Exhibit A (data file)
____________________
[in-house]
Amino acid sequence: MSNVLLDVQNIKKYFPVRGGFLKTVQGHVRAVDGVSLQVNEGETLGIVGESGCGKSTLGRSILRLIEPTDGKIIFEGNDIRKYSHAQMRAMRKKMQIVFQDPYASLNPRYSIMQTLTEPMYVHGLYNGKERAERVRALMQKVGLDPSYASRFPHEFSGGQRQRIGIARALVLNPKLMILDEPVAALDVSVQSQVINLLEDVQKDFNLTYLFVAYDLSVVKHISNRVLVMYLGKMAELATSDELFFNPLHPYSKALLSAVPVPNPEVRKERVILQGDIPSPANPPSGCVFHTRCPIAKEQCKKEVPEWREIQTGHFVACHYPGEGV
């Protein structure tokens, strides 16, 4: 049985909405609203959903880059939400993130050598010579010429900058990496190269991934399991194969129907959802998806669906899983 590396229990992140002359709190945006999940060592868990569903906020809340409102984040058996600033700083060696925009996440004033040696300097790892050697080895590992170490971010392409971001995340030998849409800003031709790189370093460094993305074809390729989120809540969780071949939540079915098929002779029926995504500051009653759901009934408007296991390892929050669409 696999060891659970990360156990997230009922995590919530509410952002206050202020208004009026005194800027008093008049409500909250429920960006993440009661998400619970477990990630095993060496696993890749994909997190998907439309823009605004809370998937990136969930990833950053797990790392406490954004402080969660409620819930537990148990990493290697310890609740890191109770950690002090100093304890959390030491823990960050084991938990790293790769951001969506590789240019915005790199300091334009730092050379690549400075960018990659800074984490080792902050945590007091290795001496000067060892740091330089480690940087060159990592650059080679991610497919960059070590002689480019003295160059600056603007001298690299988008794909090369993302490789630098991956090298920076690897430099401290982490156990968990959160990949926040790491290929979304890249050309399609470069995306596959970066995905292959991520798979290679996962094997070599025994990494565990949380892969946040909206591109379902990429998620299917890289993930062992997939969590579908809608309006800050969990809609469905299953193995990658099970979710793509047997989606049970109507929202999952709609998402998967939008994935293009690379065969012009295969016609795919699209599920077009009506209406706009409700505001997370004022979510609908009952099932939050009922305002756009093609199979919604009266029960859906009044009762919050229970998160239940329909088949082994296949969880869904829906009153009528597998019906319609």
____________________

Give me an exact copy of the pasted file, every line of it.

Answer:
[in-house]
Amino acid sequence: MSNVLLDVQNIKKYFPVRGGFLKTVQGHVRAVDGVSLQVNEGETLGIVGESGCGKSTLGRSILRLIEPTDGKIIFEGNDIRKYSHAQMRAMRKKMQIVFQDPYASLNPRYSIMQTLTEPMYVHGLYNGKERAERVRALMQKVGLDPSYASRFPHEFSGGQRQRIGIARALVLNPKLMILDEPVAALDVSVQSQVINLLEDVQKDFNLTYLFVAYDLSVVKHISNRVLVMYLGKMAELATSDELFFNPLHPYSKALLSAVPVPNPEVRKERVILQGDIPSPANPPSGCVFHTRCPIAKEQCKKEVPEWREIQTGHFVACHYPGEGV
């Protein structure tokens, strides 16, 4: 049985909405609203959903880059939400993130050598010579010429900058990496190269991934399991194969129907959802998806669906899983 590396229990992140002359709190945006999940060592868990569903906020809340409102984040058996600033700083060696925009996440004033040696300097790892050697080895590992170490971010392409971001995340030998849409800003031709790189370093460094993305074809390729989120809540969780071949939540079915098929002779029926995504500051009653759901009934408007296991390892929050669409 696999060891659970990360156990997230009922995590919530509410952002206050202020208004009026005194800027008093008049409500909250429920960006993440009661998400619970477990990630095993060496696993890749994909997190998907439309823009605004809370998937990136969930990833950053797990790392406490954004402080969660409620819930537990148990990493290697310890609740890191109770950690002090100093304890959390030491823990960050084991938990790293790769951001969506590789240019915005790199300091334009730092050379690549400075960018990659800074984490080792902050945590007091290795001496000067060892740091330089480690940087060159990592650059080679991610497919960059070590002689480019003295160059600056603007001298690299988008794909090369993302490789630098991956090298920076690897430099401290982490156990968990959160990949926040790491290929979304890249050309399609470069995306596959970066995905292959991520798979290679996962094997070599025994990494565990949380892969946040909206591109379902990429998620299917890289993930062992997939969590579908809608309006800050969990809609469905299953193995990658099970979710793509047997989606049970109507929202999952709609998402998967939008994935293009690379065969012009295969016609795919699209599920077009009506209406706009409700505001997370004022979510609908009952099932939050009922305002756009093609199979919604009266029960859906009044009762919050229970998160239940329909088949082994296949969880869904829906009153009528597998019906319609």